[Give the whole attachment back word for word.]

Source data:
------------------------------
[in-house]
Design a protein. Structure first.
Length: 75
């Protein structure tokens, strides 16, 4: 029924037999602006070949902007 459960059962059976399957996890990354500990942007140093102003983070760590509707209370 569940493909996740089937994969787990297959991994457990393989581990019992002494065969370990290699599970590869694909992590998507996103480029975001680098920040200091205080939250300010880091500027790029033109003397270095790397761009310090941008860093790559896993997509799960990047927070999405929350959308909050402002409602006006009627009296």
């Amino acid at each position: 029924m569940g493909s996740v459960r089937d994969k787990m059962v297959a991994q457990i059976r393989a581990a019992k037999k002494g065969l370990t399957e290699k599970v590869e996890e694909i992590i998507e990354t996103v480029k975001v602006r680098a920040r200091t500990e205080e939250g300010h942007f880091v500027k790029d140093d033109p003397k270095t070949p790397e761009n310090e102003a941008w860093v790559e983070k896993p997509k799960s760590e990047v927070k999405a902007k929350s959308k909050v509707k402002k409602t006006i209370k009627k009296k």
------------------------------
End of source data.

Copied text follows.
[in-house]
Design a protein. Structure first.
Length: 75
């Protein structure tokens, strides 16, 4: 029924037999602006070949902007 459960059962059976399957996890990354500990942007140093102003983070760590509707209370 569940493909996740089937994969787990297959991994457990393989581990019992002494065969370990290699599970590869694909992590998507996103480029975001680098920040200091205080939250300010880091500027790029033109003397270095790397761009310090941008860093790559896993997509799960990047927070999405929350959308909050402002409602006006009627009296």
């Amino acid at each position: 029924m569940g493909s996740v459960r089937d994969k787990m059962v297959a991994q457990i059976r393989a581990a019992k037999k002494g065969l370990t399957e290699k599970v590869e996890e694909i992590i998507e990354t996103v480029k975001v602006r680098a920040r200091t500990e205080e939250g300010h942007f880091v500027k790029d140093d033109p003397k270095t070949p790397e761009n310090e102003a941008w860093v790559e983070k896993p997509k799960s760590e990047v927070k999405a902007k929350s959308k909050v509707k402002k409602t006006i209370k009627k009296k």